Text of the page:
History of the Mind-Body Problem

History of the Mind-Body Problem

History of the Mind-Body Problem

History of the Mind-Body Problem


History of the Mind-Body Problem is a collection of new essays by leading contributors on the various concerns that have given rise to and informed the mind-body problem in philosophy.The essays in this stellar collection discuss famous philosophers such as Aristotle, Aquinas and Descartes and cover the subjects of the origins of the qualia and intentionality.



Herbert Feigl once described the mind-body problem as 'a cluster of intricate puzzles - some scientific, some epistemological … some semantical and some pragmatic'. Reflection on the current debate on the mind-body problem would seem to support Feigl's judgement: although most writers on the subject testify to the importance of the problem, many offer very different interpretations of what the problem is. For some, the problem is fundamentally a causal problem, a problem about the causal interaction between mental phenomena and the body. For others, the problem is an explanatory one: what kind of explanation can be given of mental phenomena, consistent with the conception of the world given to us by contemporary science? In particular, the distinctive characteristics of the mind, intentionality and consciousness, are features of which (it is claimed) current science has no adequate account, and in the case of consciousness at least, the problems in giving such an account are sometimes taken to be insuperable.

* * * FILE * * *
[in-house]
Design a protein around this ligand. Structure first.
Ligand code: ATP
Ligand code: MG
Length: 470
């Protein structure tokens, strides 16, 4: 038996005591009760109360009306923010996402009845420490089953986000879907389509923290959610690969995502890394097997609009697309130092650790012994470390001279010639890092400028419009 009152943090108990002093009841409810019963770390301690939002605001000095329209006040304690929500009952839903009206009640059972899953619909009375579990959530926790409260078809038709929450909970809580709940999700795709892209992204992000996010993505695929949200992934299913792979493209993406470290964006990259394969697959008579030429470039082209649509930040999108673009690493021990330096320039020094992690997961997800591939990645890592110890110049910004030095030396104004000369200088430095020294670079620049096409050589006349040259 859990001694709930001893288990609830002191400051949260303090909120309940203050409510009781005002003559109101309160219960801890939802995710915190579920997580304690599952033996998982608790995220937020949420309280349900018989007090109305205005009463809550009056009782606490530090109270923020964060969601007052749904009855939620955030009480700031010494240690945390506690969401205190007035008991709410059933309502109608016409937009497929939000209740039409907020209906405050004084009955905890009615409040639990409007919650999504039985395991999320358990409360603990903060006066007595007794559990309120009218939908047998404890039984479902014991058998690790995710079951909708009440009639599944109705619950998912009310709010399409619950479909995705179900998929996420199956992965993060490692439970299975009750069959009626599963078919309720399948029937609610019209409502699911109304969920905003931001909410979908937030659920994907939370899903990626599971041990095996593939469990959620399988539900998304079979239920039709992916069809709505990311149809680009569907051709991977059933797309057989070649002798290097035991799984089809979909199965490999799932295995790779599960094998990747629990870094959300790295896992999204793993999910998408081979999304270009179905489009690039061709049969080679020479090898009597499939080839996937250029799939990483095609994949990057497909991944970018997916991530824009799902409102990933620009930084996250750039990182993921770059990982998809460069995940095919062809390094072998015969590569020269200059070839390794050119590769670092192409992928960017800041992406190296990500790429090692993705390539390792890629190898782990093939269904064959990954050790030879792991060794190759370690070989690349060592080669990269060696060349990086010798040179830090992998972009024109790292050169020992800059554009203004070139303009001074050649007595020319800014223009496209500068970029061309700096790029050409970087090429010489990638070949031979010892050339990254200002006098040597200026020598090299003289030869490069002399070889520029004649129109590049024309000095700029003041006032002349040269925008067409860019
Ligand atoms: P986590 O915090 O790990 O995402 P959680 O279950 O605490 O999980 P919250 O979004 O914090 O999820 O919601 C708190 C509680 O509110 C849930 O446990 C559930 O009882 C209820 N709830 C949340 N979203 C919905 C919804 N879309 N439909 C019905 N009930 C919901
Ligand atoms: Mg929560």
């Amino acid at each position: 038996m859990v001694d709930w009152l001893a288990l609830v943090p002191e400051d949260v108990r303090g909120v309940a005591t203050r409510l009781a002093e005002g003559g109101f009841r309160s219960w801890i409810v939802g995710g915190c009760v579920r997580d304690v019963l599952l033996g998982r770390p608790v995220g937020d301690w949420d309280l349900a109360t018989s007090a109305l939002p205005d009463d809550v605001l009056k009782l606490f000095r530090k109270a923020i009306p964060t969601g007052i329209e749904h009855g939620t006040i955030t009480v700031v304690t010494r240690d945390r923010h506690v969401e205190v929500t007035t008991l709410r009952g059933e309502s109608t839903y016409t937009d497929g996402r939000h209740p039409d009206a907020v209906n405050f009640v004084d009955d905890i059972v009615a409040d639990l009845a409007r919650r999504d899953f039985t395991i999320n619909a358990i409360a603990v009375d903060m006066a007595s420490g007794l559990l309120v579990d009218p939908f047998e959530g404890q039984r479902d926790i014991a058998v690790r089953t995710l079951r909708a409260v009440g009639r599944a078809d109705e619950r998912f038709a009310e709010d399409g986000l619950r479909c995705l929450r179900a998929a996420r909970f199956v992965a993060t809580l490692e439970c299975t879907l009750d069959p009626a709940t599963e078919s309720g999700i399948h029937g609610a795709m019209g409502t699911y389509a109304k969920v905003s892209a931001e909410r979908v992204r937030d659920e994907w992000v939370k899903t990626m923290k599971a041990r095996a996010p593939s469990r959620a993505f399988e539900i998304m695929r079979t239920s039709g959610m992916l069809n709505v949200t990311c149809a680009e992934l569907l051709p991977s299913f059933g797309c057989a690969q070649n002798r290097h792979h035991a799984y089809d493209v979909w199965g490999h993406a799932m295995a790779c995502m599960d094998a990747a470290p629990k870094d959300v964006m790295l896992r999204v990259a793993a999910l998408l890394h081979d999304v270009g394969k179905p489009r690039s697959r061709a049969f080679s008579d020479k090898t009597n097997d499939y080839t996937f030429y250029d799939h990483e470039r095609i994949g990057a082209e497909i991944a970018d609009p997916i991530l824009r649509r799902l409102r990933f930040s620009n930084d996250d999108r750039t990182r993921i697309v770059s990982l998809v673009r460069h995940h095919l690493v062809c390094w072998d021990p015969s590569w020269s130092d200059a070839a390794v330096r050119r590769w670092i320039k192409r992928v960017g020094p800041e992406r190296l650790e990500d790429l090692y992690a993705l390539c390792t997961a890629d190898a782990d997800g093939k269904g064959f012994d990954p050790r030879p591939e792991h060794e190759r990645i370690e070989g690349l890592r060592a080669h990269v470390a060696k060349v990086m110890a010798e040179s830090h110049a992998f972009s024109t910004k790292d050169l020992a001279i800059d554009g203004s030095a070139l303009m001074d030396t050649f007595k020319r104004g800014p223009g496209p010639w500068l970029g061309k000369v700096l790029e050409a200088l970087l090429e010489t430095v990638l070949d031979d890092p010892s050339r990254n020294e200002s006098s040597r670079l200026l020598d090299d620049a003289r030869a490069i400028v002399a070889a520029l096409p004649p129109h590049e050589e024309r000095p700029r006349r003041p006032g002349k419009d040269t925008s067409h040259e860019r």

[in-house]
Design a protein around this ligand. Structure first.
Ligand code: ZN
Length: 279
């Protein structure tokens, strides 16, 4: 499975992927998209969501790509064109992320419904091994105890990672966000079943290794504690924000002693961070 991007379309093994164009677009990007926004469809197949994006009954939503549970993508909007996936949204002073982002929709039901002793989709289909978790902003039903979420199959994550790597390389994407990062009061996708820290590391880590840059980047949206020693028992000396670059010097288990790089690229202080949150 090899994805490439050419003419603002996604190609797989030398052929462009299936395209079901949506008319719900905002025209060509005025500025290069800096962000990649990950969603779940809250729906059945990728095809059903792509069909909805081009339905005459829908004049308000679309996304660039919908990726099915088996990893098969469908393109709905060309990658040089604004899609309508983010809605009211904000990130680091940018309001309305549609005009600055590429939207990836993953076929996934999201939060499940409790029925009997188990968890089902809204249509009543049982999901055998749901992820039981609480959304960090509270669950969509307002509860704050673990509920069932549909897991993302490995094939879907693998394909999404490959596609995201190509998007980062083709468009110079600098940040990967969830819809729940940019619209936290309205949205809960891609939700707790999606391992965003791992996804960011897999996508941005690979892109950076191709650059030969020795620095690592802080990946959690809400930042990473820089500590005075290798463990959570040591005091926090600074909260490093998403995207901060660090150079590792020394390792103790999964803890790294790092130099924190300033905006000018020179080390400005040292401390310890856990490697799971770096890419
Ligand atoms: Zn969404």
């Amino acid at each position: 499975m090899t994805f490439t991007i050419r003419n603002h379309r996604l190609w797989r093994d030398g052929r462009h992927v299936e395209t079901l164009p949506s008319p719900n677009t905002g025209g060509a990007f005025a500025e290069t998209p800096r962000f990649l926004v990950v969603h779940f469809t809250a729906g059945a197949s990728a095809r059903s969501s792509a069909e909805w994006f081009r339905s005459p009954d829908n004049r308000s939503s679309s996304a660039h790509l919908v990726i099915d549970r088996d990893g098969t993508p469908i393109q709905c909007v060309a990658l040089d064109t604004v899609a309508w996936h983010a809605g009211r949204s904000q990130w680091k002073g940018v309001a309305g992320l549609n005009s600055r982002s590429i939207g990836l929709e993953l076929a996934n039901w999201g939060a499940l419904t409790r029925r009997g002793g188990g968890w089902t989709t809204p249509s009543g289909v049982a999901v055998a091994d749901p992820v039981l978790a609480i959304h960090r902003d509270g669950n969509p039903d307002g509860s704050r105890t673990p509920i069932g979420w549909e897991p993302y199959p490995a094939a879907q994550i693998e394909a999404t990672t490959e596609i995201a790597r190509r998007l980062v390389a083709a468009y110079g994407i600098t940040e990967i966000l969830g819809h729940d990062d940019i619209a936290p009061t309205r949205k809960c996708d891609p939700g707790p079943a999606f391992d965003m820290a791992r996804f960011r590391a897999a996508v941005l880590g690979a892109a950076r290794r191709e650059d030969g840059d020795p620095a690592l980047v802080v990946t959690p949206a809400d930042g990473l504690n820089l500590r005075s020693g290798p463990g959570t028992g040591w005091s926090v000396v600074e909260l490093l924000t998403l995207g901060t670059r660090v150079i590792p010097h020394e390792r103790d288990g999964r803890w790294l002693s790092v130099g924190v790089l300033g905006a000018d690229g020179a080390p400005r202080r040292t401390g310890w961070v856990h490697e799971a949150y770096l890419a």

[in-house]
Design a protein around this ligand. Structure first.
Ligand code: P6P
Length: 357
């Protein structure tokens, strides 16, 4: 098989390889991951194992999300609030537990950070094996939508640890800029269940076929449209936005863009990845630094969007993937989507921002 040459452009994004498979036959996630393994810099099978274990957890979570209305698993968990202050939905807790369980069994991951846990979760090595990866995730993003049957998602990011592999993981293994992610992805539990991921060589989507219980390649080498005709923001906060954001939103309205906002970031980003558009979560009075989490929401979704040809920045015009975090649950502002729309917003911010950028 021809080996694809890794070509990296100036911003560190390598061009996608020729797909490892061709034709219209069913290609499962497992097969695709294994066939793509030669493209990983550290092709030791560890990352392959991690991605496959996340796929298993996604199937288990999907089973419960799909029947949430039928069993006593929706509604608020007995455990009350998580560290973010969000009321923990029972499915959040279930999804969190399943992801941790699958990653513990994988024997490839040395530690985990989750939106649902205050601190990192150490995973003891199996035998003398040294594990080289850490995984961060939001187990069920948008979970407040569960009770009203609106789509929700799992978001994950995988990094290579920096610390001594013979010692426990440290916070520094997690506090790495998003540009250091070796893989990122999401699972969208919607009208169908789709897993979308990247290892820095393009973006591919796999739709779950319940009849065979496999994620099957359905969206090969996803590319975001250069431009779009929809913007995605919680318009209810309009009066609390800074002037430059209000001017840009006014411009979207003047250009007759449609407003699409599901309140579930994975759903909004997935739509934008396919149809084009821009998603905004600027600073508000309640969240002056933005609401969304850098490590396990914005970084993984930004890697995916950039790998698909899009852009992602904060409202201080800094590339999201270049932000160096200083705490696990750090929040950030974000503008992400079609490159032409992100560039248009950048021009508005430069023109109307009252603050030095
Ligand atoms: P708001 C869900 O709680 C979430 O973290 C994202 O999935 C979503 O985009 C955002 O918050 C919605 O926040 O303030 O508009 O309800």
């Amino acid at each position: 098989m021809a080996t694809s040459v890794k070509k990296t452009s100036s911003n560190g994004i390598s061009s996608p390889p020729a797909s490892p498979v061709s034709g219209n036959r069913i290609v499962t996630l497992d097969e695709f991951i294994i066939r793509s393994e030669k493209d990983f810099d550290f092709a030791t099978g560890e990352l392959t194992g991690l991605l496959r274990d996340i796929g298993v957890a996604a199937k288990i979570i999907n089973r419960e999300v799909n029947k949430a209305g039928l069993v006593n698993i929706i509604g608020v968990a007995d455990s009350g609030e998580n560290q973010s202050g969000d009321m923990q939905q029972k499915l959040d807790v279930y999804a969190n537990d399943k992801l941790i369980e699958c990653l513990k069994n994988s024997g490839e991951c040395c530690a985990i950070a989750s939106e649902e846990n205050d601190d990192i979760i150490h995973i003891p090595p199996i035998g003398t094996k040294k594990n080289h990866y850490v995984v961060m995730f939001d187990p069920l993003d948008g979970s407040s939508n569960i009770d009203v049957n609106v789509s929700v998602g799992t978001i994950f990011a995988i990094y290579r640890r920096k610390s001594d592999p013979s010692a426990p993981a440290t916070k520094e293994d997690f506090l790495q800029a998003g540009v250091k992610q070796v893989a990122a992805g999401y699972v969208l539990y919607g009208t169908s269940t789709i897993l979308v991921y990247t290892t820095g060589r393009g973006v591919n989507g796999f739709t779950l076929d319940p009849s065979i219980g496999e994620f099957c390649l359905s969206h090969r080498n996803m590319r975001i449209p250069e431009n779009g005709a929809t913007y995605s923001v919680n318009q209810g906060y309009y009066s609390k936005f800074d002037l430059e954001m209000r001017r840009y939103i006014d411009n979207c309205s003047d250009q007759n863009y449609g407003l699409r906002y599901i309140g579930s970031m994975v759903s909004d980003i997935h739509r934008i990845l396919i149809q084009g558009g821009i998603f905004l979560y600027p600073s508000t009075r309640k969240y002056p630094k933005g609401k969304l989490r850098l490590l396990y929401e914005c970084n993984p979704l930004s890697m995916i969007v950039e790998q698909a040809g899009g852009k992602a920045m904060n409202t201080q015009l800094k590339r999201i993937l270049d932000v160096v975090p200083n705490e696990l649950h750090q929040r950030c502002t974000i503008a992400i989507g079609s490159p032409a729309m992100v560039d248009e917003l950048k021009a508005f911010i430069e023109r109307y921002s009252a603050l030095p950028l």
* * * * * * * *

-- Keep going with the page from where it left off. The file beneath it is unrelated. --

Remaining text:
These different conceptions of the problem tend to be accompanied by different conceptions of the cause of the problem: for some, the problem arises because of the assumption that mind and body are distinct (essentially, dualism). This assumption then demands that we explain how mental causation is possible, if mind and body are distinct things. But on other views, the problem arises from fundamentally physicalist assumptions. It is because we think that the world is completely physical in nature, that we find it hard to understand how mental phenomena (specifically subjectivity and consciousness) fit into the world so conceived. Here physicalism, the view that the world is fundamentally physical, is not the solution to the mind-body problem, but part of what poses the problem.

Further disagreement emerges about the extent of our present understanding of the problem, and the extent to which any progress has been made. Thomas Nagel is well-known for his pessimism on this score, and has said that a solution to the mind-body problem 'will alter our conception of the universe as radically as anything has to date'. Others think not only

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